About 20%, or 1 in 5, multiple sclerosis (MS) patients fail to adhere to oral disease-modifying therapies (DMTs) taken each day, and about 1 in 4 stop using a prescribed daily oral treatment within one year, a study based on reported real-world use found.
The study “Real-world adherence to, and persistence with, once- and twice-daily oral disease-modifying drugs in patients with multiple sclerosis: a systematic review and meta-analysis” was published in the journal BMC Neurology.
Current guidelines recommend DMDs for people diagnosed with relapsing forms of MS, including relapsing-remitting MS and active secondary progressive disease. These medications have been shown to lower relapses rate, slow MS progression, and improve outcomes in the long term. Monitoring of adherence to these prescribed medications, adverse events, and tolerability is recommended.
Poor adherence to DMTs and their discontinuation are linked to worse clinical outcomes, higher rates of relapse and disease progression, and greater use of medical resources.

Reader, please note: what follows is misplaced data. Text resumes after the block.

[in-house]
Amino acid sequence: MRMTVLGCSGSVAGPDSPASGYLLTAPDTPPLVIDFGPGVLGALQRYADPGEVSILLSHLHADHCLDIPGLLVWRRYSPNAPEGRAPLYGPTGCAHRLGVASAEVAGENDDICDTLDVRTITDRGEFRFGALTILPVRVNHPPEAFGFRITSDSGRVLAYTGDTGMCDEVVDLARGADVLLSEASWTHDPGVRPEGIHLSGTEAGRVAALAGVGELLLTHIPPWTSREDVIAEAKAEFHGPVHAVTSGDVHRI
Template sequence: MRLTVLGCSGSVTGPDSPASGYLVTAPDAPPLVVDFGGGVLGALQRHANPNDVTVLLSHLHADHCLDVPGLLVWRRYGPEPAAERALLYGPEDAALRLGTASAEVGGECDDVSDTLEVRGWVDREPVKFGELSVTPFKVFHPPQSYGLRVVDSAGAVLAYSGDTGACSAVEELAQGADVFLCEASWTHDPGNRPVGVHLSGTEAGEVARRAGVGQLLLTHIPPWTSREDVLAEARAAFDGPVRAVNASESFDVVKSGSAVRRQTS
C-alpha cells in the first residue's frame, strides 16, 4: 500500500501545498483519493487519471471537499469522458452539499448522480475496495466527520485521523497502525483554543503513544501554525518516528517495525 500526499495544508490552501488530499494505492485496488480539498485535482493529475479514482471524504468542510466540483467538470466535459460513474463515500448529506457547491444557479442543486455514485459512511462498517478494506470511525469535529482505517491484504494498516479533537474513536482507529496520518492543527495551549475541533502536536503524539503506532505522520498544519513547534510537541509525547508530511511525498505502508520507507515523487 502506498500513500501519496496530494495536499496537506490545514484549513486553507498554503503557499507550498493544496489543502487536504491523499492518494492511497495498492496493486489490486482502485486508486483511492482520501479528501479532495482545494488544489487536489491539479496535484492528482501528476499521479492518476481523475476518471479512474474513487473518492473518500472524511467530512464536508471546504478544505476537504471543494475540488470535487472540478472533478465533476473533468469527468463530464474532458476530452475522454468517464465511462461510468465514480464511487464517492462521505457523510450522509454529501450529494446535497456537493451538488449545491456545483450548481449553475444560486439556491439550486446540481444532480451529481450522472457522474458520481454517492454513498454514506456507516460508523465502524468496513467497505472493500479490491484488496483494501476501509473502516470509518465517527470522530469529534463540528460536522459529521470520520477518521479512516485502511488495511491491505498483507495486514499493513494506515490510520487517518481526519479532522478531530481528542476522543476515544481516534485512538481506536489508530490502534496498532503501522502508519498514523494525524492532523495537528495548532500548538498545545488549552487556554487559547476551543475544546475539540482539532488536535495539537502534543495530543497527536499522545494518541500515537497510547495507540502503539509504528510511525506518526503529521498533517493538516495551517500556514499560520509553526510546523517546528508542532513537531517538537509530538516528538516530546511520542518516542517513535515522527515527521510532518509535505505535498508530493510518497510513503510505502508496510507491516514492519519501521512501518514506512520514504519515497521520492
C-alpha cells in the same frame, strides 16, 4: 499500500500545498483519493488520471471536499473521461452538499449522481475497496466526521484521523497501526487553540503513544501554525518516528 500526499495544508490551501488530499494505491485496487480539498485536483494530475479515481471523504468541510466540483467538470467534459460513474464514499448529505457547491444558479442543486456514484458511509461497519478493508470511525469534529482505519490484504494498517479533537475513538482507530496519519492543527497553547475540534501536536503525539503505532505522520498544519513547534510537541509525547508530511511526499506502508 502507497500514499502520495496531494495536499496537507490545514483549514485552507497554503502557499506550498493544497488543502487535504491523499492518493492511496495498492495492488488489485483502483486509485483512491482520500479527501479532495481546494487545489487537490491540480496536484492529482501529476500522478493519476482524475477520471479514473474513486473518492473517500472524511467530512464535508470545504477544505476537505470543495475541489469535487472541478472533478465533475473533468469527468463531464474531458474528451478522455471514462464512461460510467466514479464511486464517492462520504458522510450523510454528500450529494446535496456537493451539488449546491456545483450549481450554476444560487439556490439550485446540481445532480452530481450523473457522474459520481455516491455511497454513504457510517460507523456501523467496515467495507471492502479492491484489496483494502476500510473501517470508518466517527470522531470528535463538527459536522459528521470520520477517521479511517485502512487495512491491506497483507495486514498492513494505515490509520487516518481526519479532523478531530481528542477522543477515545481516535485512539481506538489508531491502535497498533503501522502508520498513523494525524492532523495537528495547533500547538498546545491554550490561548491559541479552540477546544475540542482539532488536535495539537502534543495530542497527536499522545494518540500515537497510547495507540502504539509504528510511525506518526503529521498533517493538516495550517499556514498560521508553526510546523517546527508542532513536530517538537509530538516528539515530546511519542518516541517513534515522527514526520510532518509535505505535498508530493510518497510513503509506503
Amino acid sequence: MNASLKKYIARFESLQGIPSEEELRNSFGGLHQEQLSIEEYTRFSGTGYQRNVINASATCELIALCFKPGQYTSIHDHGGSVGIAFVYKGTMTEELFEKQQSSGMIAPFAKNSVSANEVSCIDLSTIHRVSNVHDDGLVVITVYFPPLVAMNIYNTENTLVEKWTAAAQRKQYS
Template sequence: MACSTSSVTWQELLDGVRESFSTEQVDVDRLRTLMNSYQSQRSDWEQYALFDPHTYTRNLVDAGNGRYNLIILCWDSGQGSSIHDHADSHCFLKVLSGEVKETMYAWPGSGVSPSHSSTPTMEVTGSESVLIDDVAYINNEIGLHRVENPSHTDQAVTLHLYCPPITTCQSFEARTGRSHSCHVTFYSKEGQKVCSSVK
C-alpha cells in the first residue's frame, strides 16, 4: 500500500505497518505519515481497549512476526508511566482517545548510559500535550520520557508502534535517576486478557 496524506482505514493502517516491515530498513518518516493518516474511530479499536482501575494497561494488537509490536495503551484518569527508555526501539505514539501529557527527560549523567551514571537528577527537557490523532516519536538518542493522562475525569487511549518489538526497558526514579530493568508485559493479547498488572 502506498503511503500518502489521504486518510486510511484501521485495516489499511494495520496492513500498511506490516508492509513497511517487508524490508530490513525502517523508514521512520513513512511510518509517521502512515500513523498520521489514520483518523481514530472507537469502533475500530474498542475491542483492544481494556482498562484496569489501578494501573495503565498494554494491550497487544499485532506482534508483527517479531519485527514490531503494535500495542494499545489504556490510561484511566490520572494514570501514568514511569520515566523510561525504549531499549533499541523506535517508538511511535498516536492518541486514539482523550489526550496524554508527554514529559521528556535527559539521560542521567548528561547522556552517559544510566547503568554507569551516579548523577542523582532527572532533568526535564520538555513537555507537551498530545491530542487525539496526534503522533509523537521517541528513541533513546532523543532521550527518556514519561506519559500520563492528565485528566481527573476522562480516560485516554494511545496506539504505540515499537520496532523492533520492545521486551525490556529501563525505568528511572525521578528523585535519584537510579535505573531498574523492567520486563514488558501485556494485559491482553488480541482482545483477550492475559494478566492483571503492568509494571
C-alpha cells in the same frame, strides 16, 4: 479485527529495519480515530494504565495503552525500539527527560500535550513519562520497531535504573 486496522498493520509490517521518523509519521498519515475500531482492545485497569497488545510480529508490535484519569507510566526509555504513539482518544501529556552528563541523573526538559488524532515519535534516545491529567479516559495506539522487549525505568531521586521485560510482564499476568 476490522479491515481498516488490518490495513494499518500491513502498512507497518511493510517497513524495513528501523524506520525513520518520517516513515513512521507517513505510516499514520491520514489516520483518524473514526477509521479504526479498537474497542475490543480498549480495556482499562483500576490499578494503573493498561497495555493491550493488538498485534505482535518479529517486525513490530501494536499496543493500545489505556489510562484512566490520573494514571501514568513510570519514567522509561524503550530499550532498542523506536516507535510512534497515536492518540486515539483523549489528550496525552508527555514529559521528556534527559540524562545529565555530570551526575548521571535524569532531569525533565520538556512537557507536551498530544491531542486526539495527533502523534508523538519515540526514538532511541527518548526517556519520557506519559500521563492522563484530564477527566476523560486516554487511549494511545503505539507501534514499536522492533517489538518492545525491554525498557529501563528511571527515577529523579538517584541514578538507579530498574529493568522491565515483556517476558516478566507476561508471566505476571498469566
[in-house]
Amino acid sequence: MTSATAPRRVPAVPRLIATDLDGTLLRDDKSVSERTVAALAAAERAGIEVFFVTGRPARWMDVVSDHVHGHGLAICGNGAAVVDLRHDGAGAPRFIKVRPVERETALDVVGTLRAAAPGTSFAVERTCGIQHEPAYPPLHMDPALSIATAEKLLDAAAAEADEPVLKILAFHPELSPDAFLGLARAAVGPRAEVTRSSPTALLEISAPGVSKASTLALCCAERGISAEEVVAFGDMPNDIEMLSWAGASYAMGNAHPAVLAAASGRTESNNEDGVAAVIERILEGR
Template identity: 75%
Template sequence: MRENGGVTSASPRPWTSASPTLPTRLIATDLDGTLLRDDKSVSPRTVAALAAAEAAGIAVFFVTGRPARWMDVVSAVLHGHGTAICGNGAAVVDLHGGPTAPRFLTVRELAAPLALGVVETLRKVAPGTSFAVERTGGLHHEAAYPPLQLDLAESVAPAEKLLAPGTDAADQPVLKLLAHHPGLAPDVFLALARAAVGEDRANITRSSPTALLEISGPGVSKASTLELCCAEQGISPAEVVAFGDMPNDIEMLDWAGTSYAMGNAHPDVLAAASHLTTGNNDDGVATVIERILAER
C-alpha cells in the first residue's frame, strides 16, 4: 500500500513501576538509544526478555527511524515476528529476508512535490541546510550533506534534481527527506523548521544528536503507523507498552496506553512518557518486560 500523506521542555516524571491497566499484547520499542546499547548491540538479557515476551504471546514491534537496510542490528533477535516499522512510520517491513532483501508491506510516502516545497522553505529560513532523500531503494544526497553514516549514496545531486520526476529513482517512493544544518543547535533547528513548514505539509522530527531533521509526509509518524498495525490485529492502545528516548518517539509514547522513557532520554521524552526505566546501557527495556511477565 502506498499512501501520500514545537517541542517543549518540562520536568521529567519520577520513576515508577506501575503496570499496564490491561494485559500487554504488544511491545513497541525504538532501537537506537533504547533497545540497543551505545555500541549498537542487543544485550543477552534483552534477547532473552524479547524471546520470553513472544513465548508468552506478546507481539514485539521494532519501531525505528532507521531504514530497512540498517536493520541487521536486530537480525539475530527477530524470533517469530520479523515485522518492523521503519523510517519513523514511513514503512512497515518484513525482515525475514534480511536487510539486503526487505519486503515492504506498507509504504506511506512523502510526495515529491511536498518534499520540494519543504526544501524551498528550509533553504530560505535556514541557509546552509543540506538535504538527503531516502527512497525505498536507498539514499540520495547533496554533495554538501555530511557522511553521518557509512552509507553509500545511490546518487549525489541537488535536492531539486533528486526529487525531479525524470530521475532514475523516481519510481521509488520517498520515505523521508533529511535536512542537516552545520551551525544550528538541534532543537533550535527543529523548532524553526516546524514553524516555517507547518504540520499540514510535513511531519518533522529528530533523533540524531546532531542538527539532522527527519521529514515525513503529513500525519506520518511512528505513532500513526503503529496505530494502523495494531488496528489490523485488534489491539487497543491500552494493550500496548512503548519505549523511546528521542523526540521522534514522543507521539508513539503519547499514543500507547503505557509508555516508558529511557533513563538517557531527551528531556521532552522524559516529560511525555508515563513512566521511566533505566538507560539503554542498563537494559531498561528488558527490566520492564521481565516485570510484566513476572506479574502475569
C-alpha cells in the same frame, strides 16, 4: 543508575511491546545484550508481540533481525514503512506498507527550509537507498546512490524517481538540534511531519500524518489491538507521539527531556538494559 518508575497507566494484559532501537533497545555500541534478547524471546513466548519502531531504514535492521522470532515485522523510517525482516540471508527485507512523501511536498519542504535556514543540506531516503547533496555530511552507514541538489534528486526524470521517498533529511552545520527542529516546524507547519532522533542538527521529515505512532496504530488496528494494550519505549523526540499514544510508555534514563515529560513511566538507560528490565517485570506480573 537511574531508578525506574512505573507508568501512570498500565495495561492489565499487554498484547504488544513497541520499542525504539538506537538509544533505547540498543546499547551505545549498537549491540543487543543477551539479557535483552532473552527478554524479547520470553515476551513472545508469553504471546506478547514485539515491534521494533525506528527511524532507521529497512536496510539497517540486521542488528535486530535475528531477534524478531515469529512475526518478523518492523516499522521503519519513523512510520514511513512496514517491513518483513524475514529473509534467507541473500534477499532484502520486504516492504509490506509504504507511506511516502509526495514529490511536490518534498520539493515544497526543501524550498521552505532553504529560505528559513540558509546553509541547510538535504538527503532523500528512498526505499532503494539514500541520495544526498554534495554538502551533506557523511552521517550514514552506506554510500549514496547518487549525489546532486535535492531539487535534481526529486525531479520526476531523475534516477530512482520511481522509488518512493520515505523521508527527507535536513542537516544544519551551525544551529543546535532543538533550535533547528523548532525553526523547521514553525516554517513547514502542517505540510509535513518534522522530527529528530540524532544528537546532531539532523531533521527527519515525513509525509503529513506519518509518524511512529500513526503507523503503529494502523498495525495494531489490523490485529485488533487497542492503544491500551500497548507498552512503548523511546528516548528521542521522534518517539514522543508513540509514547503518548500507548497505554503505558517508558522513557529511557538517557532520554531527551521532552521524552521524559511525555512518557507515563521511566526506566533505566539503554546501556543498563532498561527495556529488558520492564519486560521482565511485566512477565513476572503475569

Oral DMTs are thought to improve adherence to treatment, because they are thought to be easier for patients to use than injectable treatments. However, several recent real-world studies suggest that adherence and persistence to once or twice daily oral DMTs — such as Gilenya (fingolimod, by Novartis), Tecfidera (dimethyl fumarate, by Biogen), and Aubagio (teriflunomide, by Sanofi Genzyme) — is actually similar to self-injectable therapies.
Researchers conducted a systematic review of real-world studies to assess the extent of non-adherence to oral DMTs by MS patients, searching for oral DMTs approved between January 2010 and April 2018.
Of note, two of its six researchers are employees of EMD Serono (known as Merck KGaA outside North America), which markets the MS injectable therapy Rebif (interferon beta-1a), and the oral short-course treatment Mavenclad (cladribine tablets; approved in early 2019).
From an initial 510 selected studies, 31 studies were analyzed, covering 16,398 MS patients treated daily with oral DMTs.
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